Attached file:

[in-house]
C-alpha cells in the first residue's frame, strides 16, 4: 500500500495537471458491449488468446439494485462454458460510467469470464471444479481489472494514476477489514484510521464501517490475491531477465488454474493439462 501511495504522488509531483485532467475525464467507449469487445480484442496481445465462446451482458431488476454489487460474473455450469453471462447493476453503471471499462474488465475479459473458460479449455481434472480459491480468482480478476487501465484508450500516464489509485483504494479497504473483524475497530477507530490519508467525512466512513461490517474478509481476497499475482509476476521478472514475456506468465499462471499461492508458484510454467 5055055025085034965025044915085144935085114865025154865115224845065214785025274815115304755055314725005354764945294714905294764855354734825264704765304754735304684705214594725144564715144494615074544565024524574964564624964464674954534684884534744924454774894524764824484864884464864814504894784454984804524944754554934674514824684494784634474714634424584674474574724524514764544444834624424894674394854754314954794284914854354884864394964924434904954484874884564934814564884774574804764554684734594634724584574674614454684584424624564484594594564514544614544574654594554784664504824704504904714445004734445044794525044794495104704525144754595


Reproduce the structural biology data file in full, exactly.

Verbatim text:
[in-house]
C-alpha cells in the first residue's frame, strides 16, 4: 500500500495537471458491449488468446439494485462454458460510467469470464471444479481489472494514476477489514484510521464501517490475491531477465488454474493439462 501511495504522488509531483485532467475525464467507449469487445480484442496481445465462446451482458431488476454489487460474473455450469453471462447493476453503471471499462474488465475479459473458460479449455481434472480459491480468482480478476487501465484508450500516464489509485483504494479497504473483524475497530477507530490519508467525512466512513461490517474478509481476497499475482509476476521478472514475456506468465499462471499461492508458484510454467 5055055025085034965025044915085144935085114865025154865115224845065214785025274815115304755055314725005354764945294714905294764855354734825264704765304754735304684705214594725144564715144494615074544565024524574964564624964464674954534684884534744924454774894524764824484864884464864814504894784454984804524944754554934674514824684494784634474714634424584674474574724524514764544444834624424894674394854754314954794284914854354884864394964924434904954484874884564934814564884774574804764554684734594634724584574674614454684584424624564484594594564514544614544574654594554784664504824704504904714445004734445044794525044794495104704525144754595